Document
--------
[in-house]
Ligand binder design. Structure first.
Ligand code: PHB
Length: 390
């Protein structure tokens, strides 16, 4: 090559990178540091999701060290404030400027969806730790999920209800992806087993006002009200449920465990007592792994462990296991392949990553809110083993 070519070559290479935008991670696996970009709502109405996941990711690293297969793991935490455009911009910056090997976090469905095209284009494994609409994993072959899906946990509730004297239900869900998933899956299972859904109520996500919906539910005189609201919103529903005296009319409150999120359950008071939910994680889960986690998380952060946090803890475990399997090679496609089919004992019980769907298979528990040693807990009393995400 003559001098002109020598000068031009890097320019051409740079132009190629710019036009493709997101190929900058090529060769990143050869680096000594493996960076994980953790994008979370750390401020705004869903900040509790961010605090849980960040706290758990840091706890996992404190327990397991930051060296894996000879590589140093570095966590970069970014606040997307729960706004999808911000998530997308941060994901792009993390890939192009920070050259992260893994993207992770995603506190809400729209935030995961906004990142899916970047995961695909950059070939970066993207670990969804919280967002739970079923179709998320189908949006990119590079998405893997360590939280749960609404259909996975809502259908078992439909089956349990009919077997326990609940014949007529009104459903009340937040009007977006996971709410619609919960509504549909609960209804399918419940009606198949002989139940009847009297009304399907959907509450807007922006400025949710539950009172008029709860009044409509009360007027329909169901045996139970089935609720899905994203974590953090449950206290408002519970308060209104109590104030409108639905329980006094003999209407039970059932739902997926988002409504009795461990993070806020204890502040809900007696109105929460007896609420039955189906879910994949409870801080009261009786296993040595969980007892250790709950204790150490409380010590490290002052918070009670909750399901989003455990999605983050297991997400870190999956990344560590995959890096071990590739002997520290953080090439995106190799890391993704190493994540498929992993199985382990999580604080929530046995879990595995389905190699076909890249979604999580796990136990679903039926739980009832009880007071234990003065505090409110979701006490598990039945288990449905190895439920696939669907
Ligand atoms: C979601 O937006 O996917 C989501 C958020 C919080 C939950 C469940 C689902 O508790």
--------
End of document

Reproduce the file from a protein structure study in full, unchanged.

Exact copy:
[in-house]
Ligand binder design. Structure first.
Ligand code: PHB
Length: 390
């Protein structure tokens, strides 16, 4: 090559990178540091999701060290404030400027969806730790999920209800992806087993006002009200449920465990007592792994462990296991392949990553809110083993 070519070559290479935008991670696996970009709502109405996941990711690293297969793991935490455009911009910056090997976090469905095209284009494994609409994993072959899906946990509730004297239900869900998933899956299972859904109520996500919906539910005189609201919103529903005296009319409150999120359950008071939910994680889960986690998380952060946090803890475990399997090679496609089919004992019980769907298979528990040693807990009393995400 003559001098002109020598000068031009890097320019051409740079132009190629710019036009493709997101190929900058090529060769990143050869680096000594493996960076994980953790994008979370750390401020705004869903900040509790961010605090849980960040706290758990840091706890996992404190327990397991930051060296894996000879590589140093570095966590970069970014606040997307729960706004999808911000998530997308941060994901792009993390890939192009920070050259992260893994993207992770995603506190809400729209935030995961906004990142899916970047995961695909950059070939970066993207670990969804919280967002739970079923179709998320189908949006990119590079998405893997360590939280749960609404259909996975809502259908078992439909089956349990009919077997326990609940014949007529009104459903009340937040009007977006996971709410619609919960509504549909609960209804399918419940009606198949002989139940009847009297009304399907959907509450807007922006400025949710539950009172008029709860009044409509009360007027329909169901045996139970089935609720899905994203974590953090449950206290408002519970308060209104109590104030409108639905329980006094003999209407039970059932739902997926988002409504009795461990993070806020204890502040809900007696109105929460007896609420039955189906879910994949409870801080009261009786296993040595969980007892250790709950204790150490409380010590490290002052918070009670909750399901989003455990999605983050297991997400870190999956990344560590995959890096071990590739002997520290953080090439995106190799890391993704190493994540498929992993199985382990999580604080929530046995879990595995389905190699076909890249979604999580796990136990679903039926739980009832009880007071234990003065505090409110979701006490598990039945288990449905190895439920696939669907
Ligand atoms: C979601 O937006 O996917 C989501 C958020 C919080 C939950 C469940 C689902 O508790």